MEMORANDUM IN OPPOSITION: S.237B (May))/A.6353 (Glick): Expands the Bottle Bill to most beverages, increases the deposit to 10¢, and the handling fee to 6¢

By Stuart Appelbaum | February 27, 2024

The Retail, Wholesale, and Department Store Union (“RWDSU”) represents approximately 40,000 workers in New York. Our members work in retail, including apparel retail, grocery and pharmacies, food service, food processing, distribution, cannabis, building services, warehousing, carwashes and agriculture.

The RWDSU is strongly opposed to S. 237B/A.6353, which seeks to expand New York’s bottle redemption system. As the President of RWDSU, I have concerns that expanding this program without fixing its existing flaws will jeopardize jobs, put disproportionate financial burden on hardworking families, and not increase recycling rates.

New York’s bottle redemption system is set up for customers to collect their plastic and glass bottles and bring them to redemption centers for a deposit. But it has core defects: it‘s antiquated, it’s inconvenient for customers, and rife with fraud. New Yorkers are also not using it which has resulted in recent closings and union job losses at over 100 redemption centers last year.

Expanding the current broken system and hiking its fees without making important reforms first is a bad idea. This new bill would expand the bottle deposit law to include fruit and vegetable juices, coffee, tea, and a huge array of other drinks by 2026, resulting in doubling the deposit fees for cans and bottles on more items purchased by working families at the check-out-counter.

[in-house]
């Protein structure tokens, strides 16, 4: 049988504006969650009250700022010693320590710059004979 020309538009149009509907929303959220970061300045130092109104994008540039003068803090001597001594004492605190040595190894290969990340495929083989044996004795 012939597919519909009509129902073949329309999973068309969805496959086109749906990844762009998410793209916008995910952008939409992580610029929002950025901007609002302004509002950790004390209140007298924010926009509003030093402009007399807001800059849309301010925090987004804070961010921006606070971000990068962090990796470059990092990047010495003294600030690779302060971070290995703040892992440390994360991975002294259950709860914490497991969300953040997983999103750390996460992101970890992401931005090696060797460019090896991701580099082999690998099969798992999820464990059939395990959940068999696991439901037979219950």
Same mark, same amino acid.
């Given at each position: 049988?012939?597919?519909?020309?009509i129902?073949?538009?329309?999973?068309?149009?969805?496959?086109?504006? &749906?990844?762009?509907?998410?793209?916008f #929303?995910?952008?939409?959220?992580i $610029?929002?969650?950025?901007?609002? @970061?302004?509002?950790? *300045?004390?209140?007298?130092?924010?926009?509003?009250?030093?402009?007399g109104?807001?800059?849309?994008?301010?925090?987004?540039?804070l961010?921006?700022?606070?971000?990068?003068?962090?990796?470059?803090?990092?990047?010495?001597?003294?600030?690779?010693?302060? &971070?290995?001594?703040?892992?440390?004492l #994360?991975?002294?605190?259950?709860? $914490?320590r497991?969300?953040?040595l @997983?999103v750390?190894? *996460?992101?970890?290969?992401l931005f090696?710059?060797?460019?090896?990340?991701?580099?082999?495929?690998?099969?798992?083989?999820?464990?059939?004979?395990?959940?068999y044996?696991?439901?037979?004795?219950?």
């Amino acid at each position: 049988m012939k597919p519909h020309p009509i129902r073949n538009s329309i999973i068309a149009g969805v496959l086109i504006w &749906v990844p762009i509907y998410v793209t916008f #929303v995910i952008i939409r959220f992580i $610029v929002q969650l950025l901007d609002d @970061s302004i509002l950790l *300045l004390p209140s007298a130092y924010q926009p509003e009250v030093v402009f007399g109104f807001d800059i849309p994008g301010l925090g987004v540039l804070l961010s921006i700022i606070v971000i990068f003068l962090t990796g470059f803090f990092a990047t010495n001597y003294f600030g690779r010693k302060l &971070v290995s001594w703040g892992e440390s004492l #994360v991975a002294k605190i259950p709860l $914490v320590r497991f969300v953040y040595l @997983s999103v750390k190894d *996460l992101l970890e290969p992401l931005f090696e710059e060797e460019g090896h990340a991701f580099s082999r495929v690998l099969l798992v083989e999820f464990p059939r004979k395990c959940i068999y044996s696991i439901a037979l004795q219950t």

This bill will make life more difficult and expensive for workers, their families, and local businesses without fixing any of the issues that are plaguing the system. Under the new bill, a 24-pack of apple juice bottles would tack on another $1.80 in fees. That is on top of the $2.04 in fees that the state already levies on it. That sharp increase would be a dramatic blow to families and businesses in New York. These costs add up. By expanding a broken system without fixing the defects, the proposed bill would merely raise costs for local businesses and working families who are already coping with an excessive cost of living, including high grocery prices.

This expansion proposal will cost workers dearly. The increased fees will force small businesses to cut expenses and could lead to employees losing hours, or even their jobs. Many of the workers who will be affected are union workers.

There must be a better way, and we must work together to find it. If we really want a better recycling system that works for New Yorkers, let us not double down on what is not working but focus on creating a system that works. Let us protect workers, consumers, our small local businesses, and the environment by reforming our bottle redemption system into a more affordable, efficient, and effective program that will position New York as a leader on this issue.


Stuart Appelbaum